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Ottawa announces new measures for students and businesses affected by the coronavirus

REUTERS/Blair Gable

The federal government announced new measures to help students make money this summer during the coronavirus pandemic, as well as relaxed eligibility requirements for the Canada Emergency Wage Subsidy.

“To help young people and small businesses affected by COVID-19, we’re making changes to the Canada Summer Jobs program for this year. We will now give CSJ employers a subsidy of up to 100% to cover the cost of hiring students,” said Prime Minister Justin Trudeau during a news conference.

“We will also extend the timeframe for a job placement until the winter because we know that some jobs will start later than usual. And because many businesses have had to scale back their operations, they will be able to hire a student part time.”

The wage subsidy maxes out at the provincial or territorial minimum wage.

The federal government says employers can shift jobs to support essential services. Students can apply for work here. The program runs from May 11, 2020, and up to February 28, 2021.

Ottawa is earmarking $263 million in funding for the Canada Summer Jobs program in 2020. It’s expected to create 70,000 jobs for youth between 15 and 30 years old.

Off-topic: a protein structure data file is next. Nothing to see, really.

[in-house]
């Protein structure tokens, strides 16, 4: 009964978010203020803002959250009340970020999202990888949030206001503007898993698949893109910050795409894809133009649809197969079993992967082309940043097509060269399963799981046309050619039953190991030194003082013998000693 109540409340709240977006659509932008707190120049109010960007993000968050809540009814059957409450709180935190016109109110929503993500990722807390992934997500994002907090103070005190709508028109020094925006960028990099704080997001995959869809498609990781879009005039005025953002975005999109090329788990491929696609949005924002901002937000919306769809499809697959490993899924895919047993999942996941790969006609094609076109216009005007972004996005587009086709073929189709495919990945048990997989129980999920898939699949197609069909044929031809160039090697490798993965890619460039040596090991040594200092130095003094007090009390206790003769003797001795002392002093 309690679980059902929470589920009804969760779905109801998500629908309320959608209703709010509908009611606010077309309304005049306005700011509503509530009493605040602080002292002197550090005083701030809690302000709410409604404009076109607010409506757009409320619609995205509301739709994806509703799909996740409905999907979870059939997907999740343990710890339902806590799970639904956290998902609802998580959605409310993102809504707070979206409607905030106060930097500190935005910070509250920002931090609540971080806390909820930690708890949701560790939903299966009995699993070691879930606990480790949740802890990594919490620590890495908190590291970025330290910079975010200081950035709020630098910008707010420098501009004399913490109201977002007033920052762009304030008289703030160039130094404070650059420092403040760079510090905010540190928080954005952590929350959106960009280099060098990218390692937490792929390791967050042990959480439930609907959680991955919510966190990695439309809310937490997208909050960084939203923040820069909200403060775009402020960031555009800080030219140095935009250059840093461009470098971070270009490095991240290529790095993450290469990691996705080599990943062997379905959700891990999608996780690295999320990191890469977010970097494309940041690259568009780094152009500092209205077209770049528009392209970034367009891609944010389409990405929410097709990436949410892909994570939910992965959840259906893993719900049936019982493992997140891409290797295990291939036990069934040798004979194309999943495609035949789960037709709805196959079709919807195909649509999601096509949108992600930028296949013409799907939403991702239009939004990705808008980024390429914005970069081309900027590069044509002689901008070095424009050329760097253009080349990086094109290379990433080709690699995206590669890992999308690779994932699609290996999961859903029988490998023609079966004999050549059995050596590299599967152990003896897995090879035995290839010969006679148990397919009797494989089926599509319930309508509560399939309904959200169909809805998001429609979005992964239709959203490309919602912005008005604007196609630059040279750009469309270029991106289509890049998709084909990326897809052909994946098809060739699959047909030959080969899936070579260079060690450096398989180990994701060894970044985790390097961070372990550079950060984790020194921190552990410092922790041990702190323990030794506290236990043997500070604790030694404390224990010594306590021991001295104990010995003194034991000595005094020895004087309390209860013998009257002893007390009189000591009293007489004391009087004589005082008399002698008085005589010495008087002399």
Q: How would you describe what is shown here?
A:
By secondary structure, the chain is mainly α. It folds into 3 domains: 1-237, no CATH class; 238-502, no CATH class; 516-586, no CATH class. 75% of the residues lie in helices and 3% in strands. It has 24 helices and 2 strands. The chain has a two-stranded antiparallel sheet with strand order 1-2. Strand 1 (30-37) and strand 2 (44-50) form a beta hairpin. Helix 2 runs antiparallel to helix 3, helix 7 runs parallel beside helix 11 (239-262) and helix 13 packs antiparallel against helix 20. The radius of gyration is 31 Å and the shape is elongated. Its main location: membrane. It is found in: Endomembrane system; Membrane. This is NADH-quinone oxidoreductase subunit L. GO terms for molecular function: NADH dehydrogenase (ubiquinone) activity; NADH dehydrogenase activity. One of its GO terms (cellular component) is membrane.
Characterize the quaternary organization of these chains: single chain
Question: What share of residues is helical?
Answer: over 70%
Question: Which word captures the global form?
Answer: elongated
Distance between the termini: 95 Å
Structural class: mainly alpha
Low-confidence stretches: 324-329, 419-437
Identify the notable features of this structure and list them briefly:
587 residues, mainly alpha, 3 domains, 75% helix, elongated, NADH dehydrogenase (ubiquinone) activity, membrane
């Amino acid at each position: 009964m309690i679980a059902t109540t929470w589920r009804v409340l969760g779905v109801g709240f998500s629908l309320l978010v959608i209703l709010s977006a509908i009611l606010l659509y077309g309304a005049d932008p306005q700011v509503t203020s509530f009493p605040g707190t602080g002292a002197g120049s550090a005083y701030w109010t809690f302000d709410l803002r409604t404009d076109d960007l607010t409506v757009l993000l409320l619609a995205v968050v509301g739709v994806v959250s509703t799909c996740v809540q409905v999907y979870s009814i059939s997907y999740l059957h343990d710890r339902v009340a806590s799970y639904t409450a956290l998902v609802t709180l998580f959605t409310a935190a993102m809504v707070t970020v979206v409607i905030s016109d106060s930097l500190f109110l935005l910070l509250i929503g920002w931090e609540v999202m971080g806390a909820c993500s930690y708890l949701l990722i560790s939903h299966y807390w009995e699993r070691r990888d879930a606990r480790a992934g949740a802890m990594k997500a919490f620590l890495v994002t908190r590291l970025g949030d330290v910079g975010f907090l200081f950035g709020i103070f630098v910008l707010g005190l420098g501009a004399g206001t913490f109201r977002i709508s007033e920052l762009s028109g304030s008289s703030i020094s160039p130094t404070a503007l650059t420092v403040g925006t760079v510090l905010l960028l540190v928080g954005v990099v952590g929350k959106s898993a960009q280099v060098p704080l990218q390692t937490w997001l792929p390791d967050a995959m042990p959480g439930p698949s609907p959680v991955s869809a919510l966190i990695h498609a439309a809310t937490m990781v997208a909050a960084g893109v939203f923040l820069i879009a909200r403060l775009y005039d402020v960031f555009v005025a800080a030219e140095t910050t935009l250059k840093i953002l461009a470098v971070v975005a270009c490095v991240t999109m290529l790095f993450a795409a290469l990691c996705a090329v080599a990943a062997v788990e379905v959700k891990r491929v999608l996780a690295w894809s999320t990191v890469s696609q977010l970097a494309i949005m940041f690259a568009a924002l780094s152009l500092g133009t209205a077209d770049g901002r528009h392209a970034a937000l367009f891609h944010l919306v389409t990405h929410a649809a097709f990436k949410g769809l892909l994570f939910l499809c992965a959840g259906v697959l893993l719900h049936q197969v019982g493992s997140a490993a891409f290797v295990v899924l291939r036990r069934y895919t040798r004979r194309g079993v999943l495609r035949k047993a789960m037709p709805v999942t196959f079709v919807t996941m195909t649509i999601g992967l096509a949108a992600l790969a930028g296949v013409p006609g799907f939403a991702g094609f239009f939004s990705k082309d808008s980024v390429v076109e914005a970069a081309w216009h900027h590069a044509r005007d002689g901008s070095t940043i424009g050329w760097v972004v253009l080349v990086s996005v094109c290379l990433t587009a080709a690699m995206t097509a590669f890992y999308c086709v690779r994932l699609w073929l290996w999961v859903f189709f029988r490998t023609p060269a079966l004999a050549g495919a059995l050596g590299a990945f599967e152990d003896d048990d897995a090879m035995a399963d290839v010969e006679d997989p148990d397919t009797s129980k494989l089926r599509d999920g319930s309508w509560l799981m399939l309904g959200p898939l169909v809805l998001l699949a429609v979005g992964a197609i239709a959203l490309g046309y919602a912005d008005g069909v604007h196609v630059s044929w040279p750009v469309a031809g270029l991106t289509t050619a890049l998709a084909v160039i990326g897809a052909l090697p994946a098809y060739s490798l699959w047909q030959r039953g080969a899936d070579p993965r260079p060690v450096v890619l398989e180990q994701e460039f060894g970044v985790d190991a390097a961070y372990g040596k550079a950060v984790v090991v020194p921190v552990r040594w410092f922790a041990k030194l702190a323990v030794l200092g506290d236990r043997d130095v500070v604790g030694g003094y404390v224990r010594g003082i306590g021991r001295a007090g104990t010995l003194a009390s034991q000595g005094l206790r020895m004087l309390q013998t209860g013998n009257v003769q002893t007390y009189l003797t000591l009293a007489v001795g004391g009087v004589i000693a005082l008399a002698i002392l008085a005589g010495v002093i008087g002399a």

To qualify for the Canada Emergency Wage subsidy when it was first announced, businesses had to show a revenue decline of 30 per cent in March compared to last year. Business groups criticized the requirements for being too strict. Today, that threshold has been lowered to 15 per cent and businesses can use January and February benchmarks to qualify.

“Our government understands that not all businesses operate the same way and that’s why we’re making changes to include as many of you as possible,” said the Prime Minister.

We will keep listening, but we really hope you will use this help from your country and from your fellow citizens to rehire and pay your workers.”

The Prime Minister says Ottawa is working on measures to include Canadians who don’t qualify for the measures announced so far.

Finance Minister Bill Morneau said small businesses can start applying for previously announced loans up to $40,000 tomorrow. Businesses can apply through banks and credit unions.

Morneau also says the federal government is also proposing a 100 per cent reimbursement of CPP, QPP, and EI as part of the Canada Emergency Wage Subsidy, which he says will now cost $73 billion instead of $71 billion.

He reminded businesses not take undo advantage of the subsidy and says violators could be fined 225 per cent of the money they receive and face up to 5 years in jail.

Jessy Bains is a senior reporter at Yahoo Finance Canada. Follow him on Twitter @jessysbains.

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